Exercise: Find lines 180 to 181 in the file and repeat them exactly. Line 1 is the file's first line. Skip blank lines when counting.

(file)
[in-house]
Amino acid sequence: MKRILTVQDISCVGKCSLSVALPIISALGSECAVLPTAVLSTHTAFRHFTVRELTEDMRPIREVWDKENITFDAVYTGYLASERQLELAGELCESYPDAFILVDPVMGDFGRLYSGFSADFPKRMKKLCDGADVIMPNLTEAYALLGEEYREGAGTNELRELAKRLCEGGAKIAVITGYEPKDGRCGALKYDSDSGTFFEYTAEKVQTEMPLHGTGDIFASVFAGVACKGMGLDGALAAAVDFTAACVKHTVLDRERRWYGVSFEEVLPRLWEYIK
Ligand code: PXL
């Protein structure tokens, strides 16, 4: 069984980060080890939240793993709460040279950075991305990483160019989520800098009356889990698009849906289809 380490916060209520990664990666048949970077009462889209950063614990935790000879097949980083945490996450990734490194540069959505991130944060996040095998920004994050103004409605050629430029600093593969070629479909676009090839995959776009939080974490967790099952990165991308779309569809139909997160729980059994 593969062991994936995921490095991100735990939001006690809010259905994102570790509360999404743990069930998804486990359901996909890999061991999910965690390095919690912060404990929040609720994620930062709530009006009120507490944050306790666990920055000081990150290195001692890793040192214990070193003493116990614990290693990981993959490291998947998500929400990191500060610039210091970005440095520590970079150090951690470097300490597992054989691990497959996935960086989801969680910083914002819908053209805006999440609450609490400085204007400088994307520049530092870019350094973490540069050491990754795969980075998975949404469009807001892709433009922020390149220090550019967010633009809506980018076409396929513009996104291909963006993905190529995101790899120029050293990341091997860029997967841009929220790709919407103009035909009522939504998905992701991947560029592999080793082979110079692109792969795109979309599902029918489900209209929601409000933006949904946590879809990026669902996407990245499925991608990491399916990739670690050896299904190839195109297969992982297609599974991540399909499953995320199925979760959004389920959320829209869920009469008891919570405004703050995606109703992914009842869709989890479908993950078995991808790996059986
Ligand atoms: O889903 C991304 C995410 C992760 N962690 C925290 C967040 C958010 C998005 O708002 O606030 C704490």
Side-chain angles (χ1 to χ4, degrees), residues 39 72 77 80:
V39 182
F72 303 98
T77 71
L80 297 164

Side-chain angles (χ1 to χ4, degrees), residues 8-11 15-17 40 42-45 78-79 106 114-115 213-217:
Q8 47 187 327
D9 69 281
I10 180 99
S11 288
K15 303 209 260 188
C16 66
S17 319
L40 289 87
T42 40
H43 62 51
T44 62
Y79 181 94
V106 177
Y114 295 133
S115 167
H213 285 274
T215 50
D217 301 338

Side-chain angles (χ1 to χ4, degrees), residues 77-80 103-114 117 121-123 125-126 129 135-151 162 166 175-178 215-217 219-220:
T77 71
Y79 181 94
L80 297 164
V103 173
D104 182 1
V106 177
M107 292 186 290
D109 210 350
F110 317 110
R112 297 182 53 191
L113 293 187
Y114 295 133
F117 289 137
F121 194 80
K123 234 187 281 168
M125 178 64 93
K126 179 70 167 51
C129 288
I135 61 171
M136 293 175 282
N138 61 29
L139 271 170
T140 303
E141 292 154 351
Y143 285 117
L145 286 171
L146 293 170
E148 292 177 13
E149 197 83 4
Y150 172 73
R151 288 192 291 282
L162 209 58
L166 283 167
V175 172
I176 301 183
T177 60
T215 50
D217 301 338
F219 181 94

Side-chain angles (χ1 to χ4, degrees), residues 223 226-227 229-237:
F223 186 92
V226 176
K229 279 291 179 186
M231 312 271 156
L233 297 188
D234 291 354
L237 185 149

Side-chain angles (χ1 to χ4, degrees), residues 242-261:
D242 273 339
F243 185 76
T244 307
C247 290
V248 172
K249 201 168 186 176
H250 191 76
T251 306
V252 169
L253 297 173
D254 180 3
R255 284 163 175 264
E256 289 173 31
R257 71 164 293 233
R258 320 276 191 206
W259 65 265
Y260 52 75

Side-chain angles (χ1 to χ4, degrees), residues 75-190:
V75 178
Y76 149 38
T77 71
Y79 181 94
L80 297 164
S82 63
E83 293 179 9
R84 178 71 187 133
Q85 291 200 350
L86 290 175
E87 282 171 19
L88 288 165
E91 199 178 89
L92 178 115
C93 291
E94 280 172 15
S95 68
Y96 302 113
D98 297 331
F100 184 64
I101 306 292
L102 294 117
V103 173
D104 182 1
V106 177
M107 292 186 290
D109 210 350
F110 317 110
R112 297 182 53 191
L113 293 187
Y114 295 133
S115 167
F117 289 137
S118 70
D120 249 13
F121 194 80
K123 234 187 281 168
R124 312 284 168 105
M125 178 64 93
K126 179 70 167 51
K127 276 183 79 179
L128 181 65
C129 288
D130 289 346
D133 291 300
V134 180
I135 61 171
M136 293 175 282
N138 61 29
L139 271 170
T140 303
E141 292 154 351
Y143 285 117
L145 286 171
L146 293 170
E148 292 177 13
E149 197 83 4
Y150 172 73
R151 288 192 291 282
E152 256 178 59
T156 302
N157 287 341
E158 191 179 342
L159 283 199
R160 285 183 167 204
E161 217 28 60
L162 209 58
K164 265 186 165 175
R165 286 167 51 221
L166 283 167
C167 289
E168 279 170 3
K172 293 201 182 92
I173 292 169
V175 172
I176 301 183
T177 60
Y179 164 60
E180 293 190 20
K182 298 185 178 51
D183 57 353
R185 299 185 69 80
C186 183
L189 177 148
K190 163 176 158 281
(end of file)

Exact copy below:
L189 177 148
K190 163 176 158 281